While call outs this past month have been almost non-existent, there has been some incredible work going on.  The biggest team highlight is we started a new SAR Academy this past Tuesday.  There are 40 brand new potential team members that will soon be added to our roster.  Vetting and hiring these people into the academy took a monumental team effort.  Diane Blue and Wilma Murray (SAR Den Mom’s) took the lead in processing and bringing this group in. And a host of other members were integral in this effort.  There were countless members who assisted with oral boards, uniform fitting, new member coaching, and logistics support to pull this effort off.  This was an incredible team effort.  Thanks to all who assisted getting this academy up and running.

Also this past month the team has received some significant positive press.  Because of the SAR team’s incredible commitment, we as an organization sometimes get recognized for our overall accomplishments and contributions to the community.  The team is on a roll lately.  This past week I was informed that the SAR team was given a “Community Hero Award” from the Bay Area Chapter of the American Red Cross.  

The Bay Area American Red Cross wrote:
The nominating committee for the Red Cross, Contra Costa Hero’s Breakfast read the nomination of the Contra Costa County Sheriff’s Search and Rescue (SAR) Team and selected them as one of our 2012 Contra Costa County Heroes! Their story truly inspired our nominating committee. On behalf of the American Red Cross Bay Area Chapter, we are pleased to announce that we want to honor them with a Community Service – Organization Hero award. 

Every member played a major role in the team receiving this honor.  The training, preparation and personal capital each and every team member contributes day in and day out is what sets this team apart.  For those interested the Red Cross will be hosting an awards ceremony on October 5th at the San Ramon Country Club.

We don’t do what we do for personal recognition. But when we as a team are recognized for overall achievement we should take pride in this moment.  As a team we work together to maintain a unit that is prepared to do anything we’re asked.  The commitment to the mission and incredible work this team performs is second to none.

The Sheriff’s Office is proud of this organization and appreciates everything you do.



Searcher Spotlight: Erin Field

"As long as I can remember, I've always wanted to save lives," Orinda resident Erin Field says. At 18, her memory doesn't travel back far, but, though young, she has already had a full life of learning to care for others.

When Erin was only 7, her father was diagnosed with lymphoma, which was wrapped around his heart. The prognosis was dire, she says, but the doctors never gave up and soon thereafter it was discovered the cancer had disappeared.

“We still believe it was a miracle,” she says. “But without the doctors, my dad probably wouldn’t be alive today.”

That inspirational experience prompted her to pursue medicine and this fall she begins the pre-nursing program at Cal State East Bay.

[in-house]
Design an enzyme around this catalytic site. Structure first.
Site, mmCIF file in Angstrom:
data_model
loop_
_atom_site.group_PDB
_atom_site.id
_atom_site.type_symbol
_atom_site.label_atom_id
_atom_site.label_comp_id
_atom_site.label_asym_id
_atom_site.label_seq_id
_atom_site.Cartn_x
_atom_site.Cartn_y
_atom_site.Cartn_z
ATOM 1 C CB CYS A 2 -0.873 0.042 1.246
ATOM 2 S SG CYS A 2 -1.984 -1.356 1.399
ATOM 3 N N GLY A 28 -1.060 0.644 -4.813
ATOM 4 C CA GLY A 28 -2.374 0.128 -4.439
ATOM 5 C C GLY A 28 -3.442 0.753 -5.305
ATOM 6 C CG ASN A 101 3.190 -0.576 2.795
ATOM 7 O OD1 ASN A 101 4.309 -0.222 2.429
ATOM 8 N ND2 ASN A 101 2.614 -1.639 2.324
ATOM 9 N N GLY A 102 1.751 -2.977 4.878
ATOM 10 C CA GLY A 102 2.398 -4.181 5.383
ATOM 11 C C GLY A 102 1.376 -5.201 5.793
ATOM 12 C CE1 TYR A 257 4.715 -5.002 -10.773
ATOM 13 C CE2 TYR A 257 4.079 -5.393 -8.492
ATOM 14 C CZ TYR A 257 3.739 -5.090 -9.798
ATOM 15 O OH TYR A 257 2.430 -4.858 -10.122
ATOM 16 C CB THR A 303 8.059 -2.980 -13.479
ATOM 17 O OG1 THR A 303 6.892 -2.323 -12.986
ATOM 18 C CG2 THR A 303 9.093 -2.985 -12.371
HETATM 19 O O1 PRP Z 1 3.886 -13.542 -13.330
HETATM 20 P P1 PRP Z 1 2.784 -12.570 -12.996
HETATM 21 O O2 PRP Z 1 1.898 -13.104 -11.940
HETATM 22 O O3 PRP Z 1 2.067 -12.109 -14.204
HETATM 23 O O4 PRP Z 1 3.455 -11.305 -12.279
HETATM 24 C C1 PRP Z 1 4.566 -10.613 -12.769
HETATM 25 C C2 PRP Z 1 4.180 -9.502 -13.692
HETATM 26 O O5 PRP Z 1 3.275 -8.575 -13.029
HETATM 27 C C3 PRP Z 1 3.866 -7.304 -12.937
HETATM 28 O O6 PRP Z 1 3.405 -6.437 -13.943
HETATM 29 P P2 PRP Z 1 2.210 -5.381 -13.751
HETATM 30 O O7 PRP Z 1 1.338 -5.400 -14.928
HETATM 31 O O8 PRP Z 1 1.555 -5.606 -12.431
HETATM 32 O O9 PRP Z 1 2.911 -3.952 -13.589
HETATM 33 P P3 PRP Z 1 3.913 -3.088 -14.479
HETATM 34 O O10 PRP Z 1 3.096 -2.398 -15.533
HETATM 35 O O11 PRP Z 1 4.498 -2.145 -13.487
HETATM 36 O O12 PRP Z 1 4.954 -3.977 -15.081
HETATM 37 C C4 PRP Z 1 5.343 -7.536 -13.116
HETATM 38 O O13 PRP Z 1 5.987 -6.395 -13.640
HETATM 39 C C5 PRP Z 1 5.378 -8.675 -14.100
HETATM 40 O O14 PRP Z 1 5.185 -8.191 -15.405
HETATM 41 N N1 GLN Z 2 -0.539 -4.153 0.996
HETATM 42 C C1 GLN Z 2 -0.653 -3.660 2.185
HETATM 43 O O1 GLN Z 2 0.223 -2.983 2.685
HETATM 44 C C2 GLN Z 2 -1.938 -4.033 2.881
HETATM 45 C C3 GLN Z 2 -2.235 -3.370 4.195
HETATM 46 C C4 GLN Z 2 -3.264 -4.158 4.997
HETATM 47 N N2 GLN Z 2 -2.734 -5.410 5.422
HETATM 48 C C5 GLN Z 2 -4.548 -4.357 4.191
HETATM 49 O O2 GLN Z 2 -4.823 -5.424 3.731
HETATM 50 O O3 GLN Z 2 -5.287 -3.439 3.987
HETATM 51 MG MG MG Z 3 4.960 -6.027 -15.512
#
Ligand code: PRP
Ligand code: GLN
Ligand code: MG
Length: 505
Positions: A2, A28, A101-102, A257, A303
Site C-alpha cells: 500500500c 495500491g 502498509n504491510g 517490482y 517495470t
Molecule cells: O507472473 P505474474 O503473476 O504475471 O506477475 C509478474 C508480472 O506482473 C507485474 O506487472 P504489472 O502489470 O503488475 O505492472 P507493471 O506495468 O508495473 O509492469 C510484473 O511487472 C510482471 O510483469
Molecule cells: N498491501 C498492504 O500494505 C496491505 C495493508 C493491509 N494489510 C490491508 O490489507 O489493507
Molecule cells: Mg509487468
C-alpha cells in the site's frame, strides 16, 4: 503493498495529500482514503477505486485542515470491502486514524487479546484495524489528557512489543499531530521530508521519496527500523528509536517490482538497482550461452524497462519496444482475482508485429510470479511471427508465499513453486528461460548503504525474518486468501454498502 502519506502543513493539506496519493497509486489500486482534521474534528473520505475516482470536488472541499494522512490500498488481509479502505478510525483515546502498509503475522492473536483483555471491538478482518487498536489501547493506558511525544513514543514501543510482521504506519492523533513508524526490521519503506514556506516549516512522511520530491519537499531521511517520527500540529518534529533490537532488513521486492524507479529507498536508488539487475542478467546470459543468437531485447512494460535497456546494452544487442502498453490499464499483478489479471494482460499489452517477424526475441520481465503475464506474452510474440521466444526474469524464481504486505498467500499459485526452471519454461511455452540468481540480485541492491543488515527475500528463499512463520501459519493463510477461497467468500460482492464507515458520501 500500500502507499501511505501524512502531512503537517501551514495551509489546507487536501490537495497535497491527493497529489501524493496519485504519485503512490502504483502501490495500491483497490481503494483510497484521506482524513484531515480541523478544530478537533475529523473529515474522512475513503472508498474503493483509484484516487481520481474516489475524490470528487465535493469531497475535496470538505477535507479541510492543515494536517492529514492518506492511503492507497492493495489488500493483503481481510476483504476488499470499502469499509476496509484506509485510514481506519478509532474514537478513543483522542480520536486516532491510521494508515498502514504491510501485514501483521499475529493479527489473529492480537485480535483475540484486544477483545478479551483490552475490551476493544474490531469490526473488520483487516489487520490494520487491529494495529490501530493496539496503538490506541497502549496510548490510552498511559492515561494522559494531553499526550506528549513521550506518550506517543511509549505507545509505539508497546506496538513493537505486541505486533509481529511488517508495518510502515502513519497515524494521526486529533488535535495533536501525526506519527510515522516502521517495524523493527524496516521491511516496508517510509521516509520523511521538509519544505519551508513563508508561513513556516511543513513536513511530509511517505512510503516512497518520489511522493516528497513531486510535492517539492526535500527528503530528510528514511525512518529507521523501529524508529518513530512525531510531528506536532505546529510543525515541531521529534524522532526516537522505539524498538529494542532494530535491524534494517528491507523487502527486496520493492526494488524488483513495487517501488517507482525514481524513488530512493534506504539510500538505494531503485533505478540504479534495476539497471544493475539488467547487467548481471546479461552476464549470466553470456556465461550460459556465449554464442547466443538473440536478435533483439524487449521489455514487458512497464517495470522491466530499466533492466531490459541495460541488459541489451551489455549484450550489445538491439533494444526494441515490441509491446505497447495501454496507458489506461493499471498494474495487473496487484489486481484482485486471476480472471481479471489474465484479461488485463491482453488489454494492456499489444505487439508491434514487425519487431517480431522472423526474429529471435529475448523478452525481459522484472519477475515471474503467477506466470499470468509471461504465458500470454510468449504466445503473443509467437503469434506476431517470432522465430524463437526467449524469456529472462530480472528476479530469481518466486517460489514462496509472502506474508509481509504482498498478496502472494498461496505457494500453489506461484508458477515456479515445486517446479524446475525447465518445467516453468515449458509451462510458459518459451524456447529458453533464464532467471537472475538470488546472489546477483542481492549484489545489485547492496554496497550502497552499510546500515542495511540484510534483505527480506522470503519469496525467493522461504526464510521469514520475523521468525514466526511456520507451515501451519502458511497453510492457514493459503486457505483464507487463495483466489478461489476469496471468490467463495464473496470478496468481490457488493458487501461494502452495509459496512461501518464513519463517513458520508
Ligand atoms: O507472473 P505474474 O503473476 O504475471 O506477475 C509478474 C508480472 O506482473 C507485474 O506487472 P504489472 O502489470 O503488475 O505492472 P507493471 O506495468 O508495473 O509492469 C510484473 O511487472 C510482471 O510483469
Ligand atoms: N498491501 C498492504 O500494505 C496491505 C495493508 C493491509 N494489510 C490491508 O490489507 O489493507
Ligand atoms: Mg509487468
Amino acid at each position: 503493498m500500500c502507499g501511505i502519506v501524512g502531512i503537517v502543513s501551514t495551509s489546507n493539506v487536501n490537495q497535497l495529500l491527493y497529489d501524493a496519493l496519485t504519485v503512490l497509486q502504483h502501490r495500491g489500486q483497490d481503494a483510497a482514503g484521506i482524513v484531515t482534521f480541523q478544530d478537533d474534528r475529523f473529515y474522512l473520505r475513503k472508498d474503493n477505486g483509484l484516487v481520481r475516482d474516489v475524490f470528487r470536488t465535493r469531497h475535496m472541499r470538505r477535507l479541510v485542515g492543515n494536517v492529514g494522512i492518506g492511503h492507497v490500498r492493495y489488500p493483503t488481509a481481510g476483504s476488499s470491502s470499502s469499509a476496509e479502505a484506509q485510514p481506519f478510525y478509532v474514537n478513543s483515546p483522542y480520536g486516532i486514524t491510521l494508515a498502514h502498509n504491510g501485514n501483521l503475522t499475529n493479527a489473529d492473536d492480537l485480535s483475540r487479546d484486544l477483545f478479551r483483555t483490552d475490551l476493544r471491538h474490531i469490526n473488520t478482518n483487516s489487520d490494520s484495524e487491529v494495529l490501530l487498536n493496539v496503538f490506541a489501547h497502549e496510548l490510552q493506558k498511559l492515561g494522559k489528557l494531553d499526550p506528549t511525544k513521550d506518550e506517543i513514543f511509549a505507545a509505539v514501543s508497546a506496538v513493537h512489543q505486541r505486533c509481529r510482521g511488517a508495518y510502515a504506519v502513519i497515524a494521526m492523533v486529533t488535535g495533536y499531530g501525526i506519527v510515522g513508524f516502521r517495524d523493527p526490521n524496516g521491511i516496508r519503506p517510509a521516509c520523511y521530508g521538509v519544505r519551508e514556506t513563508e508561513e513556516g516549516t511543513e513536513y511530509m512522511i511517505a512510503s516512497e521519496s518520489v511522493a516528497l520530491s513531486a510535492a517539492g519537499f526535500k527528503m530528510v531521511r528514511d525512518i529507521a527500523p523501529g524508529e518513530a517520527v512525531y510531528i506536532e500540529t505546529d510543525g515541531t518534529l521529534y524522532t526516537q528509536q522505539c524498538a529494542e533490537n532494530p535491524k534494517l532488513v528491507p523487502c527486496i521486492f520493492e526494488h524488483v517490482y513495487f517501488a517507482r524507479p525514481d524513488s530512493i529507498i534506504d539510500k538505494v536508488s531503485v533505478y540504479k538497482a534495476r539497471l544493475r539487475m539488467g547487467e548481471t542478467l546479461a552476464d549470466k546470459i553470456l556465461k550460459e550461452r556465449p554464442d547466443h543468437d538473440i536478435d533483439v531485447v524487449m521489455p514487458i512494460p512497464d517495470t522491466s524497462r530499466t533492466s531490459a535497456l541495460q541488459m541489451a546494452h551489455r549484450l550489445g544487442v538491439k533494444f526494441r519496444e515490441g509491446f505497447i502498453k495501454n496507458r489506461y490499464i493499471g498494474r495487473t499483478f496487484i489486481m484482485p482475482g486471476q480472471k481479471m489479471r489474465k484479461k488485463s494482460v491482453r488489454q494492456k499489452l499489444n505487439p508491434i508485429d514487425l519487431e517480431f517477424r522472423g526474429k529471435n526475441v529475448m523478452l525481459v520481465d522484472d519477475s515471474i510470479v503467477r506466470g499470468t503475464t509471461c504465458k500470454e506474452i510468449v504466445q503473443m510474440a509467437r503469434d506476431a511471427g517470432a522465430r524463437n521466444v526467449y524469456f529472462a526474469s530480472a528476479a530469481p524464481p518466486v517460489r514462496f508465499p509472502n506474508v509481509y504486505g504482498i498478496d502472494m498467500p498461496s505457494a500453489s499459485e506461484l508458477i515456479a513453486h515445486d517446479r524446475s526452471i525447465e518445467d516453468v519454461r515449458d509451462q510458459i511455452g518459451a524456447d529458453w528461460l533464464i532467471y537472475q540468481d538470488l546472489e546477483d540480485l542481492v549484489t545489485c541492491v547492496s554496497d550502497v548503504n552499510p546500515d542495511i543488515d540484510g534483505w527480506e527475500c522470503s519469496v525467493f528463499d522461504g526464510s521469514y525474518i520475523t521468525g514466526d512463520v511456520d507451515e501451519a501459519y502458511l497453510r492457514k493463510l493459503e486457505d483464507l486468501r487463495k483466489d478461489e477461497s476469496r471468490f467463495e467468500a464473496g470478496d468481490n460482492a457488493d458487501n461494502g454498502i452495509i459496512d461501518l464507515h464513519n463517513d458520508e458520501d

Meanwhile, she continues to grow as a SAR member. The medical aspects of SAR are what attracted her, but she has found plenty more to keep her interested. Currently she is choosing to remain an Explorer (they do have fun), but for her second year on the team, she will begin coaching a new Academy student Explorer. It fits with her M.O., which is to connect with others.

“I guess you could say I’m a people person,” she says.

One could, indeed, say that. She enjoys making friends from around the world; in fact, her best friend lives in Germany. In order to converse, she learned German, but she didn’t stop there. She also speaks French, is learning Japanese and Italian, and can understand and communicate in sign language.

In addition to having a wide social life, Erin also has a variety of interests and hobbies. She babysits, draws, sings, dances, plays guitar and flute, acts and likes to “organize” (good for logistics). She’s well acquainted with physical exercise, favoring tennis, swimming, snowboarding, horseback riding, ice skating and a number of team sports. Of course, she also likes to hike and explore, which suits the SAR mold well.

As one who knows from sports what it means, Erin is most impressed with the teamwork aspect of SAR.

“Everyone in SAR plays a big part, whether they’re good at reading maps, talking on radios, hiking in the roughest terrain, or helping someone who’s losing a lot of blood,” Erin says. “Every person contributes something of importance, and when people work together, using their special talents, it’s amazing … I can’t think of one member who is not willing to help or teach a skill that they know to a new person on the team. SAR is a truly incredible organization that I’m lucky to be a part of.”

USAR Lifting and Moving Heavy Objects Training

On August 18th, the USAR team met at the ConFIRE training facility in Concord. They worked on lifting and moving heavy objects which included a concrete cube, several concrete slabs. They also lifted a 600+ lb tube 12-14 inches straight up. No machinery was used. All lifting and cribbing was done with  pry bars, wooden wedges, 2×4's and 4×4's.

There is a great document describing the process in the Docs area of the site. Here is a link to a PDF: RS-1 Module 3-1 Lifting & Moving Heavy Objects


Here is a slideshow of the training: